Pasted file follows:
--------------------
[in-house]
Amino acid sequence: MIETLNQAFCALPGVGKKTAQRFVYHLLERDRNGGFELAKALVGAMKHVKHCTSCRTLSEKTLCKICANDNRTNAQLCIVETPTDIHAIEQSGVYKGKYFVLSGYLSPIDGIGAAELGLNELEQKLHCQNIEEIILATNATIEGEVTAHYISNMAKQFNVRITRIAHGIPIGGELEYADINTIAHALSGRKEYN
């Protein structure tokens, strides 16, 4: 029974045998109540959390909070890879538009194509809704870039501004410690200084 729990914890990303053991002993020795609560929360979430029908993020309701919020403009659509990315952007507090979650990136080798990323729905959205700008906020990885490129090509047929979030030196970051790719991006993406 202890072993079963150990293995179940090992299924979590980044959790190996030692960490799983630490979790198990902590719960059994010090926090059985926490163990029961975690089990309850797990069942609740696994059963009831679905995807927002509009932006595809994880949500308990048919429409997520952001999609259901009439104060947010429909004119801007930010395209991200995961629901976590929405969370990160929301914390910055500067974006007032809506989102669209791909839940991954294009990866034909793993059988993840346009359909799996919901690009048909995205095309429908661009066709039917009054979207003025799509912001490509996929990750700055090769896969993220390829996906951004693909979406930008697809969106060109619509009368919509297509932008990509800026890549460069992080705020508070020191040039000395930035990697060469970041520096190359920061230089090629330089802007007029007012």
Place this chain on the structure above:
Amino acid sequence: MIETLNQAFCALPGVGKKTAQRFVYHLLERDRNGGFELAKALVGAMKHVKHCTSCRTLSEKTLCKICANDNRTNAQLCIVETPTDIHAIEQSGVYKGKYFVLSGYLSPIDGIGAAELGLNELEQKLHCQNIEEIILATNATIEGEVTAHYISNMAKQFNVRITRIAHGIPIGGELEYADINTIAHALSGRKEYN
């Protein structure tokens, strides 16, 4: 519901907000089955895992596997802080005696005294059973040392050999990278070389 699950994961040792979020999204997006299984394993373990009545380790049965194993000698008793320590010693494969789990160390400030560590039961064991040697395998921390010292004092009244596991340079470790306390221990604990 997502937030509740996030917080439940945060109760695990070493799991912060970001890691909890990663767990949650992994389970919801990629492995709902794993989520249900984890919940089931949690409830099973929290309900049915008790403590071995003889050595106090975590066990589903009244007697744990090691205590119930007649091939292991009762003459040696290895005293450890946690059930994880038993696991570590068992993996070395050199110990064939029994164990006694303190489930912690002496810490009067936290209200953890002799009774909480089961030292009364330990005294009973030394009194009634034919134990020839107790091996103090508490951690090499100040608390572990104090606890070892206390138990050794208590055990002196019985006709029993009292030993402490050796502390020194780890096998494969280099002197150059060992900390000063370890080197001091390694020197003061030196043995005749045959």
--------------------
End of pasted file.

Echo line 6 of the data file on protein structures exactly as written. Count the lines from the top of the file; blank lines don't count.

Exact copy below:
């Protein structure tokens, strides 16, 4: 519901907000089955895992596997802080005696005294059973040392050999990278070389 699950994961040792979020999204997006299984394993373990009545380790049965194993000698008793320590010693494969789990160390400030560590039961064991040697395998921390010292004092009244596991340079470790306390221990604990 997502937030509740996030917080439940945060109760695990070493799991912060970001890691909890990663767990949650992994389970919801990629492995709902794993989520249900984890919940089931949690409830099973929290309900049915008790403590071995003889050595106090975590066990589903009244007697744990090691205590119930007649091939292991009762003459040696290895005293450890946690059930994880038993696991570590068992993996070395050199110990064939029994164990006694303190489930912690002496810490009067936290209200953890002799009774909480089961030292009364330990005294009973030394009194009634034919134990020839107790091996103090508490951690090499100040608390572990104090606890070892206390138990050794208590055990002196019985006709029993009292030993402490050796502390020194780890096998494969280099002197150059060992900390000063370890080197001091390694020197003061030196043995005749045959």